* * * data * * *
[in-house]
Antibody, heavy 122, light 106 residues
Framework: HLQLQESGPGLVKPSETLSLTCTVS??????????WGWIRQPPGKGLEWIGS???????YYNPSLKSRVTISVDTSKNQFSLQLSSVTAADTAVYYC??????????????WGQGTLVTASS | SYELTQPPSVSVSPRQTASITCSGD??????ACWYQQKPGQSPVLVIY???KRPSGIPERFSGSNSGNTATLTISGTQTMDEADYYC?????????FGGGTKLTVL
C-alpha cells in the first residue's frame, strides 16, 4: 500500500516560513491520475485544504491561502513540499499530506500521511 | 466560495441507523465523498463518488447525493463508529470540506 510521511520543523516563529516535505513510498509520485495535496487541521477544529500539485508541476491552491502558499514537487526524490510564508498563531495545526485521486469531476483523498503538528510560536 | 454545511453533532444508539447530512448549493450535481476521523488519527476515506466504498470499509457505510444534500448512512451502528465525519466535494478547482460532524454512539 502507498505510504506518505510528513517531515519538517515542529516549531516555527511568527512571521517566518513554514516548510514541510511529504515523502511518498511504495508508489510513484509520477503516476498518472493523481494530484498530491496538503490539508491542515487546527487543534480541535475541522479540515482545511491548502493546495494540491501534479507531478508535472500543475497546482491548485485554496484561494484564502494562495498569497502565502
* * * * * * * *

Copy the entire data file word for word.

[in-house]
Antibody, heavy 122, light 106 residues
Framework: HLQLQESGPGLVKPSETLSLTCTVS??????????WGWIRQPPGKGLEWIGS???????YYNPSLKSRVTISVDTSKNQFSLQLSSVTAADTAVYYC??????????????WGQGTLVTASS | SYELTQPPSVSVSPRQTASITCSGD??????ACWYQQKPGQSPVLVIY???KRPSGIPERFSGSNSGNTATLTISGTQTMDEADYYC?????????FGGGTKLTVL
C-alpha cells in the first residue's frame, strides 16, 4: 500500500516560513491520475485544504491561502513540499499530506500521511 | 466560495441507523465523498463518488447525493463508529470540506 510521511520543523516563529516535505513510498509520485495535496487541521477544529500539485508541476491552491502558499514537487526524490510564508498563531495545526485521486469531476483523498503538528510560536 | 454545511453533532444508539447530512448549493450535481476521523488519527476515506466504498470499509457505510444534500448512512451502528465525519466535494478547482460532524454512539 502507498505510504506518505510528513517531515519538517515542529516549531516555527511568527512571521517566518513554514516548510514541510511529504515523502511518498511504495508508489510513484509520477503516476498518472493523481494530484498530491496538503490539508491542515487546527487543534480541535475541522479540515482545511491548502493546495494540491501534479507531478508535472500543475497546482491548485485554496484561494484564502494562495498569497502565502